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Man, 95, defends a piece of his paradise
By ROBIN MITCHELL
© St. Petersburg Times, published March 29, 2000
TAMARAC -- For 30 years, since he retired as an electrician from New Jersey, the modest ranch-style home has been Nelson "Bob" Edwards' piece of Florida.
Two golf courses in town, the sunshine, and four trees in the yard loaded with grapefruit, fresh for the plucking by him and his wife, Mary.
On Monday, eight years after Mary died and five months after the state chopped down three of the trees because of citrus canker, the 95-year-old Edwards defended the last of his grove -- the 12-footer -- with an old and empty bolt-action rifle.
Broward County Sheriff's Deputy Raymond Rogers tried to explain why the tree had to go. So did Agriculture Inspector David Benner, who had knocked on Edwards' front door Monday with the word that the last tree had to go.
Don't take my tree, he told Benner.
Edwards worked the bolt on the rifle. Rogers drew his weapon and told Edwards to drop his. Benner jumped Edwards from behind and grabbed the rifle.
Edwards was charged with aggravated assault on a law enforcement officer. He was released late Monday after a neighbor posted $5,000 bail.
"He's lucky he wasn't shot," said Broward sheriff's spokesman Jim Leljedal.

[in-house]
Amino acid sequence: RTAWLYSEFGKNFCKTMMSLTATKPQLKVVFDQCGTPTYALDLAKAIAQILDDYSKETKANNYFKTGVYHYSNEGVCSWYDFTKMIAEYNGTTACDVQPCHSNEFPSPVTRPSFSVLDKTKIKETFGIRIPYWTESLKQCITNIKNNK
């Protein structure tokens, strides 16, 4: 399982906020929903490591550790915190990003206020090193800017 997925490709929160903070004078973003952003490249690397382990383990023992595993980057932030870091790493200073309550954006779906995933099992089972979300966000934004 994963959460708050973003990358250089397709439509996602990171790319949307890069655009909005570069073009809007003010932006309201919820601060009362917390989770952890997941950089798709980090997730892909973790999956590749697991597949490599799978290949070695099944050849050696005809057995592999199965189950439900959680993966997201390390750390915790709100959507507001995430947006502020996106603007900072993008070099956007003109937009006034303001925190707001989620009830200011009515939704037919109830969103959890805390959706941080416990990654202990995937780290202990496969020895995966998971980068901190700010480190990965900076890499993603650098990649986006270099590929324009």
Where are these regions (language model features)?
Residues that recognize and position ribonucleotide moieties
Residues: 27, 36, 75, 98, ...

Neighbor Al Somma said Edwards only wanted to scare off the inspector. The rifle "wasn't loaded, and he can barely see," said Somma. "He was really scared."
Edwards' misfortune with his grapefruit trees began in October, when the blight struck his Broward County Mainlands paradise and Florida Department of Agriculture citrus canker eradication program workers removed three of his trees.
Canker is a scourge to the state's citrus industry. One of the most dangerous bacterial diseases to affect citrus, it is eradicated only by destroying infected and exposed trees. The state has issued canker quarantines in parts of Broward, Miami-Dade, Collier, Hendry, Hillsborough, and Manatee counties.
The state's citrus canker eradication program calls for citrus trees within 1,900 feet of an infected tree to be destroyed. Plant pathologists say 95 percent of exposed trees that become infected are within 1,900 feet of a diseased tree, though infection can reach as far as 4,000 feet. No known chemical compound controls the bacteria.
Tom Grace, who lives across the street from Edwards, said his neighbor was "set in his ways. If everyone thought one thing, he'd think another. He's harmless and 95. I hope this doesn't kill him."
On Tuesday, Edwards drew his blinds and refused to answer his door or telephone.
The tree was chopped down Monday.
- Information from the Miami Herald was used in this report.
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